This week, the North East Desk acquired a bunch of FRUs (Fast Response Unit, ambulance car, solo, etc). There have always been FRUs in the North East, of course, but previously they were run by their own desk and while we could see what they were doing, we didn’t have any control over them. So far, I’ve much preferred having them on the desk – it’s more work but makes things easier in the long run.
However, our first weekend with the FRUs on the desk was marred by a horrible incident. We got a call to a “man lying in the road”. As I’ve mentioned before, 99% of these calls turn out to be someone drunk, or a homeless person sleeping. The member of the public who calls in doesn’t want to get too close and put themselves in danger, so they let a paramedic or police officer put themselves in danger instead. Because of course, emergency responders are made of steel and can’t get hurt. Because most of these patients are harmless, we usually leave it up to the crews to decide whether they want police assistance. On this occasion, they were happy to go and assess the patient without police.
A FRU EMT who I will refer to as Fred was first on the scene. He spotted the patient straight away, opened the door of his car and took his equipment over to him. Fred knew the patient wasn’t dead when he got to his feet and raised his fist. He didn’t even have time to reach for his phone to ring for help before he fell to the ground. The “patient” didn’t stop then, he carried on kicking and punching Fred while he was on the ground. Fred felt everything go black…
Minutes later, Jim and Bob arrived on scene in their ambulance. They saw the man lying on the ground too, and Fred’s car, but there was no sign of Fred. Then Jim looked a little closer and saw that the man lying on the ground WAS Fred, barely conscious and covered with blood. Bob jumped on to the radio and pressed his priority button to alert us.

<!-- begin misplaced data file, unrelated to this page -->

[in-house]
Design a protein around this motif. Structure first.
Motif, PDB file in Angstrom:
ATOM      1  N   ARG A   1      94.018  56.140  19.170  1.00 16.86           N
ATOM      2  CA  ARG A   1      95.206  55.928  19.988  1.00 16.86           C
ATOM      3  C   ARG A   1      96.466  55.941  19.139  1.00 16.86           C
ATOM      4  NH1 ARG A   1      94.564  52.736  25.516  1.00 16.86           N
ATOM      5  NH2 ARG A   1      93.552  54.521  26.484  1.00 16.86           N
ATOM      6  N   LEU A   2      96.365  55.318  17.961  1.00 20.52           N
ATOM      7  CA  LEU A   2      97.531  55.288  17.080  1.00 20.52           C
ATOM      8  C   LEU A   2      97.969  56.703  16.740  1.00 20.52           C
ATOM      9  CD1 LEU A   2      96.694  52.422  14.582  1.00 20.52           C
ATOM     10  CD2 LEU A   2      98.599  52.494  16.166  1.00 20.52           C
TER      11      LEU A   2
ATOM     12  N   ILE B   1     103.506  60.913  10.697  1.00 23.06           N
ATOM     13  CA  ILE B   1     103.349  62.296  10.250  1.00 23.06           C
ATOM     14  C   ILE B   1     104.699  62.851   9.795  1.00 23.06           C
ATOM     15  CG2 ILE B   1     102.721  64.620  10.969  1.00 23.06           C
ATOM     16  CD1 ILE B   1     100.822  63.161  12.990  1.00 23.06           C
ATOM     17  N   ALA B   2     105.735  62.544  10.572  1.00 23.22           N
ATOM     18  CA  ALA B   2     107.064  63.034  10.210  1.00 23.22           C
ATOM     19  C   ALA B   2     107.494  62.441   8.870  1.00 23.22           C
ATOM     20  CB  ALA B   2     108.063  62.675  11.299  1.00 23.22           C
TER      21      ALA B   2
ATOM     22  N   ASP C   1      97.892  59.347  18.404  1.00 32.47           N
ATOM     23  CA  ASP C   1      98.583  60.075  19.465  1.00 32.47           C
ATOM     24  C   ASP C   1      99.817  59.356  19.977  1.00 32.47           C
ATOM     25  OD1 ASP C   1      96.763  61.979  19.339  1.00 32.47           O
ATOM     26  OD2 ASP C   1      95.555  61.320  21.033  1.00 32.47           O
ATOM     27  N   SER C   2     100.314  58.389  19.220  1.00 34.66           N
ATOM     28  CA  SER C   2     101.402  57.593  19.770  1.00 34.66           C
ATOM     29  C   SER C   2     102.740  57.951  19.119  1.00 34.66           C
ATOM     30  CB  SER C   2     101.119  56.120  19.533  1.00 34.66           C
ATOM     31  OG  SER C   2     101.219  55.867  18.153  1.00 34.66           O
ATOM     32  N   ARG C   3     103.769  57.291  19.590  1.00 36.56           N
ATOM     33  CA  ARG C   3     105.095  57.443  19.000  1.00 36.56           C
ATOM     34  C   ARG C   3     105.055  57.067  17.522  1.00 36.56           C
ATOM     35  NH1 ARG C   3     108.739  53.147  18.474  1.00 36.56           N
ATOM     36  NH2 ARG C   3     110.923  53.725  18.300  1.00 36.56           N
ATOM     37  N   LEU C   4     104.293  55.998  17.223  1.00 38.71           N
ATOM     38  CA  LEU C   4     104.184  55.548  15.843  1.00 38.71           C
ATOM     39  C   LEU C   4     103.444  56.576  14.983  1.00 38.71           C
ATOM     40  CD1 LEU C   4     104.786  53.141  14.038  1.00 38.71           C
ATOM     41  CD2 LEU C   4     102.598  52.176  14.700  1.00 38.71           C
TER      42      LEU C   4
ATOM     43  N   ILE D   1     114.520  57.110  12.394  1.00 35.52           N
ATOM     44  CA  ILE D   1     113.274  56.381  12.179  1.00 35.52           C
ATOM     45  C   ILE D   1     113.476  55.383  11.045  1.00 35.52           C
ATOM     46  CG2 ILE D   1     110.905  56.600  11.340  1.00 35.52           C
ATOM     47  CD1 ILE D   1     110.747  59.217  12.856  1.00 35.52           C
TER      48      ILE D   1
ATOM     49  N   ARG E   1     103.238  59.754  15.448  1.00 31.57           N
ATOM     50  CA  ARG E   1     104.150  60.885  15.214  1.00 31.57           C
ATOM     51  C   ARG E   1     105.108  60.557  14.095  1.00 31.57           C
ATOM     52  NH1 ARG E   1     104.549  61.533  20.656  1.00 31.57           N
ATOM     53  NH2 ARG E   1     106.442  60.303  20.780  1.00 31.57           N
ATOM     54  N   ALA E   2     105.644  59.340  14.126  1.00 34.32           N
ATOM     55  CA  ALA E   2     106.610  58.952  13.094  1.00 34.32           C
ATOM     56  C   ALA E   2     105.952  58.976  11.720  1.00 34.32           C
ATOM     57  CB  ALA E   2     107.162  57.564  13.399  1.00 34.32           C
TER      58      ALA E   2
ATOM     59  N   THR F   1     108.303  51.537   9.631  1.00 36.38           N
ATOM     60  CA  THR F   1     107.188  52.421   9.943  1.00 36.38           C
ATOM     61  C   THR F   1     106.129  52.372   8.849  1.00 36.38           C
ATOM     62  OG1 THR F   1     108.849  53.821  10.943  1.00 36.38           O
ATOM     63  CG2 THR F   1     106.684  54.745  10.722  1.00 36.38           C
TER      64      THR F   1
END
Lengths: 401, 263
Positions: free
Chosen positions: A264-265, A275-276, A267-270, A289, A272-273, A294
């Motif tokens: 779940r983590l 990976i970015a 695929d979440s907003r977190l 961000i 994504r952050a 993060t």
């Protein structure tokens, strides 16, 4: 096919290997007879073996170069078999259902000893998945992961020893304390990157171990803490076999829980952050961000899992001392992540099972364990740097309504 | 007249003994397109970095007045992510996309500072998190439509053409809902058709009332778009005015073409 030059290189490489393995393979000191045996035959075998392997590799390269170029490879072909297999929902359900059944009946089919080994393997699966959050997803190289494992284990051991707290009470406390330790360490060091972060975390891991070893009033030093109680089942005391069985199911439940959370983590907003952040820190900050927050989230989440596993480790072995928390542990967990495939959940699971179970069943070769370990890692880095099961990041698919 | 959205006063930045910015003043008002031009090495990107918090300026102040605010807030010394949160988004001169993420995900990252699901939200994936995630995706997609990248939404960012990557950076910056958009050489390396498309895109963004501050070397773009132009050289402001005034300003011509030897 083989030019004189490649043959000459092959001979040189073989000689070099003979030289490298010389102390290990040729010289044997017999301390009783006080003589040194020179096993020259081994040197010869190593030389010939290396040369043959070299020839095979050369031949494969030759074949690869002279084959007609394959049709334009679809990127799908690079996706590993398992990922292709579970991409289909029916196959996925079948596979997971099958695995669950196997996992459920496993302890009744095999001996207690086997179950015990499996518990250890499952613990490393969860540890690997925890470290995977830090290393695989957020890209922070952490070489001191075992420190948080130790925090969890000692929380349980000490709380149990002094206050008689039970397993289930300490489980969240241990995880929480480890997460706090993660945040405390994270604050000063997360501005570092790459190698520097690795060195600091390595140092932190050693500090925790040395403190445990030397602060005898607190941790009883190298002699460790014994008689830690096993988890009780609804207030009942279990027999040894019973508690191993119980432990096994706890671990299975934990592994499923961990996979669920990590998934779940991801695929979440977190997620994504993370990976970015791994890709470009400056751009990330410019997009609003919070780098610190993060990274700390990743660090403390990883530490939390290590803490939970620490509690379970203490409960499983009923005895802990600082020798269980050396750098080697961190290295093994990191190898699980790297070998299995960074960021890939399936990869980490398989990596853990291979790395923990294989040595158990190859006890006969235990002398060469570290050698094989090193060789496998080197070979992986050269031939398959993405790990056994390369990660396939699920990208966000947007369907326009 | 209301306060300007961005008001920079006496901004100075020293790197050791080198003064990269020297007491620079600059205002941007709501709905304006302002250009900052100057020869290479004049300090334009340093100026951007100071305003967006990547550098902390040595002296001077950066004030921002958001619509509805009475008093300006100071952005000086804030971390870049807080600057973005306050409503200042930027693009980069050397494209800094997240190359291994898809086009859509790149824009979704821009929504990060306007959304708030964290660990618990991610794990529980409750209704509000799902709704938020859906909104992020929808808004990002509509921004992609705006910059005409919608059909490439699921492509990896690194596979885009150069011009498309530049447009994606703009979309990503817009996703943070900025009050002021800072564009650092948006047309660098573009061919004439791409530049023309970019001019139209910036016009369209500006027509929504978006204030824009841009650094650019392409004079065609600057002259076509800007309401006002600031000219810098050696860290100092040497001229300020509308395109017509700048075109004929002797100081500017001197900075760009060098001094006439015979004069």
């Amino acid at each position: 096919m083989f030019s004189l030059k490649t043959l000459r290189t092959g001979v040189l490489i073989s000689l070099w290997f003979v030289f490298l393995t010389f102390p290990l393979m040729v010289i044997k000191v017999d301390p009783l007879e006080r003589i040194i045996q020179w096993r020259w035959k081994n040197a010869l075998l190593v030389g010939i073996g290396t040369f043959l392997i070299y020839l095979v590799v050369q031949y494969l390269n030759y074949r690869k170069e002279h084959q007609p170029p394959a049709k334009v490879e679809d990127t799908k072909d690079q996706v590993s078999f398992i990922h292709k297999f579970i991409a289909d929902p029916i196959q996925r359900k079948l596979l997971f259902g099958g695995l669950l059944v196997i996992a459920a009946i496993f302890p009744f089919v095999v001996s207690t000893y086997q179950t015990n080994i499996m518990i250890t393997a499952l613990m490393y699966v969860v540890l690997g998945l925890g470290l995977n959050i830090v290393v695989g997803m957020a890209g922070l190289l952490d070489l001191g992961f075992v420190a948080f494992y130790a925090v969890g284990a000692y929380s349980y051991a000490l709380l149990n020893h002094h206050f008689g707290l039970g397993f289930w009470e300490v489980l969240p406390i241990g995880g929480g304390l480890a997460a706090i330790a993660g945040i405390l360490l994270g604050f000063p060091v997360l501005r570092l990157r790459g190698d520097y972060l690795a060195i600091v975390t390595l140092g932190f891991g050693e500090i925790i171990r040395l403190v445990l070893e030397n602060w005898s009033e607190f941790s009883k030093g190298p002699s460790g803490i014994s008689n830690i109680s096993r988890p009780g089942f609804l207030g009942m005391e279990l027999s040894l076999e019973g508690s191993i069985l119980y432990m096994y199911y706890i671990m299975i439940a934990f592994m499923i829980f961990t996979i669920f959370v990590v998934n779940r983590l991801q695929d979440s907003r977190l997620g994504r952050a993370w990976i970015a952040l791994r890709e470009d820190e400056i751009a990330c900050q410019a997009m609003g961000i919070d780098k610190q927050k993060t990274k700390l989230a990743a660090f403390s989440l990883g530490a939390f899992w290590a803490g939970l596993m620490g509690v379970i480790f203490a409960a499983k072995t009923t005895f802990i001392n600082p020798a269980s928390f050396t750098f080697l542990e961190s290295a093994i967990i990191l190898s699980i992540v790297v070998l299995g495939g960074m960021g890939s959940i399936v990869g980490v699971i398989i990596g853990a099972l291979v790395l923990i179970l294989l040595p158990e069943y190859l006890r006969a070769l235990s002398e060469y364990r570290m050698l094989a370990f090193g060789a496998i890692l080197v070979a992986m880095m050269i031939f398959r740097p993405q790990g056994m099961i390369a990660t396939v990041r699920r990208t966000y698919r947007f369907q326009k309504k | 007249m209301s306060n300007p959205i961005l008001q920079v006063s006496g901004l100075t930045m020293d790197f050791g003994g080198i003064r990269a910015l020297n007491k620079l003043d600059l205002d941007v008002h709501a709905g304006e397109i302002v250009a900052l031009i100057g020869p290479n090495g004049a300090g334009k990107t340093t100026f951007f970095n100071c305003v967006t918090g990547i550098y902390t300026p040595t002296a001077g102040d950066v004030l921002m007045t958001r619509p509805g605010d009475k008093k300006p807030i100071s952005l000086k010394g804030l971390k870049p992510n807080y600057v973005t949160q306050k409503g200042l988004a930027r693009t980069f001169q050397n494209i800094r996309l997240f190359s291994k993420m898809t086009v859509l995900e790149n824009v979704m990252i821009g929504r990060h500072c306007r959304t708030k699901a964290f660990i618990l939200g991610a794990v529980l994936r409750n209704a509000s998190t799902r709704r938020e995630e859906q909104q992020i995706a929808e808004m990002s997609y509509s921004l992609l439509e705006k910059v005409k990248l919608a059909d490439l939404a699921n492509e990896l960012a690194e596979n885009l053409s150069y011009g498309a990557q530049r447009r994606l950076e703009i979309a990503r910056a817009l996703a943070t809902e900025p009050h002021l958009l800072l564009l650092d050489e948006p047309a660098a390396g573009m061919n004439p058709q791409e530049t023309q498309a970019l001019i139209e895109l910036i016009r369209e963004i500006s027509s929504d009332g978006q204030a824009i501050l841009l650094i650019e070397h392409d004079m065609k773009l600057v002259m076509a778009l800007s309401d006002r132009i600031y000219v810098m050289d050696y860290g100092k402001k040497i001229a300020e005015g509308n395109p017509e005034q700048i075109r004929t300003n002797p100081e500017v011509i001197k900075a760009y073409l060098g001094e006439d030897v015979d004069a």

“This is K606. We need urgent police! NE66 has been seriously assaulted, we’ve just found him lying in the road, covered in blood. My crewmate is assessing him now and I’ll get back to you on the radio.”
Horrified, we called the police and got another crew and a manager down to the scene straight away. We all felt a bit guilty – from the safety of the control room, we’d sent poor Fred in to this call and let him get assaulted. Perhaps we should have called the police or only sent a two-man ambulance? But that’s easy to say with hindsight – you simply don’t know which calls are going to turn out to be dangerous, and hundreds of calls like this one pass without event every single day. Our guilt then turned to anger – what kind of revolting low down scrote punches and kicks a paramedic as he tries to help them? What a disgusting, repugnant excuse for a human being. I hope he gets run over by a runaway ambulance and gets taken to NEWHAM GENERAL with TWO BROKEN LEGS. People like that make me sick.
It was also the worst assault I have ever seen on an ambulance crew and I wondered to myself if it was worse because Fred was on his own – would the “patient” have dared attack TWO paramedics in the same way? Are solo responders really a good idea, especially at night in “dodgy” areas? You don’t see police officers going around on their own, do you? The principle of FRUs often gets a lot of stick because they are seen as a way of meeting response time targets rather than delivering the best patient care and this incident has certainly done nothing to persuade me that we should have more of them.
Jim and Bob blued Fred into the local hospital because of his head injury and possible loss of consciousness, but we were later told that there was no serious injury and that he was being allowed home today. This was a great relief to all of us, and if you know Fred, please wish him get well soon from everyone on the North East desk!